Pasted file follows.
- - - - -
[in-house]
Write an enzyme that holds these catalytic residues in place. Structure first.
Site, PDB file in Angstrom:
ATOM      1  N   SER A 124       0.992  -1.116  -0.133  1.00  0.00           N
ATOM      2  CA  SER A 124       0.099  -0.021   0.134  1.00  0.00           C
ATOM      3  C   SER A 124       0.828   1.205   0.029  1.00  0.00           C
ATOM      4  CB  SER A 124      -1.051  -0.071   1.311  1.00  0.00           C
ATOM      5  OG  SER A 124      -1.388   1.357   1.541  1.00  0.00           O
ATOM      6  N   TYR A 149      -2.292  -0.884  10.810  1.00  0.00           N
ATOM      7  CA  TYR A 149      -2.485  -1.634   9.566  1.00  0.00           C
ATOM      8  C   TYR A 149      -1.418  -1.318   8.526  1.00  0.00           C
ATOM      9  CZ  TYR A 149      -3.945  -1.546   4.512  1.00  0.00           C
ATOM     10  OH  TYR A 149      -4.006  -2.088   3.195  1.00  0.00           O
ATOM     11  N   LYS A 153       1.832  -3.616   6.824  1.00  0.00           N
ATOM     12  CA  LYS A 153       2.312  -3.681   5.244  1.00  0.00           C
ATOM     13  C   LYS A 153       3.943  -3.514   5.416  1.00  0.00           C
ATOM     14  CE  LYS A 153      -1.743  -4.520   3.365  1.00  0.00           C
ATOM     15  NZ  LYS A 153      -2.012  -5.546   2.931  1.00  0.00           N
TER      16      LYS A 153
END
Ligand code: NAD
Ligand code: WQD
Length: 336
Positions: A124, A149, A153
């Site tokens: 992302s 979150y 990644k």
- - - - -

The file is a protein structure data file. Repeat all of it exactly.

[in-house]
Write an enzyme that holds these catalytic residues in place. Structure first.
Site, PDB file in Angstrom:
ATOM      1  N   SER A 124       0.992  -1.116  -0.133  1.00  0.00           N
ATOM      2  CA  SER A 124       0.099  -0.021   0.134  1.00  0.00           C
ATOM      3  C   SER A 124       0.828   1.205   0.029  1.00  0.00           C
ATOM      4  CB  SER A 124      -1.051  -0.071   1.311  1.00  0.00           C
ATOM      5  OG  SER A 124      -1.388   1.357   1.541  1.00  0.00           O
ATOM      6  N   TYR A 149      -2.292  -0.884  10.810  1.00  0.00           N
ATOM      7  CA  TYR A 149      -2.485  -1.634   9.566  1.00  0.00           C
ATOM      8  C   TYR A 149      -1.418  -1.318   8.526  1.00  0.00           C
ATOM      9  CZ  TYR A 149      -3.945  -1.546   4.512  1.00  0.00           C
ATOM     10  OH  TYR A 149      -4.006  -2.088   3.195  1.00  0.00           O
ATOM     11  N   LYS A 153       1.832  -3.616   6.824  1.00  0.00           N
ATOM     12  CA  LYS A 153       2.312  -3.681   5.244  1.00  0.00           C
ATOM     13  C   LYS A 153       3.943  -3.514   5.416  1.00  0.00           C
ATOM     14  CE  LYS A 153      -1.743  -4.520   3.365  1.00  0.00           C
ATOM     15  NZ  LYS A 153      -2.012  -5.546   2.931  1.00  0.00           N
TER      16      LYS A 153
END
Ligand code: NAD
Ligand code: WQD
Length: 336
Positions: A124, A149, A153
């Site tokens: 992302s 979150y 990644k």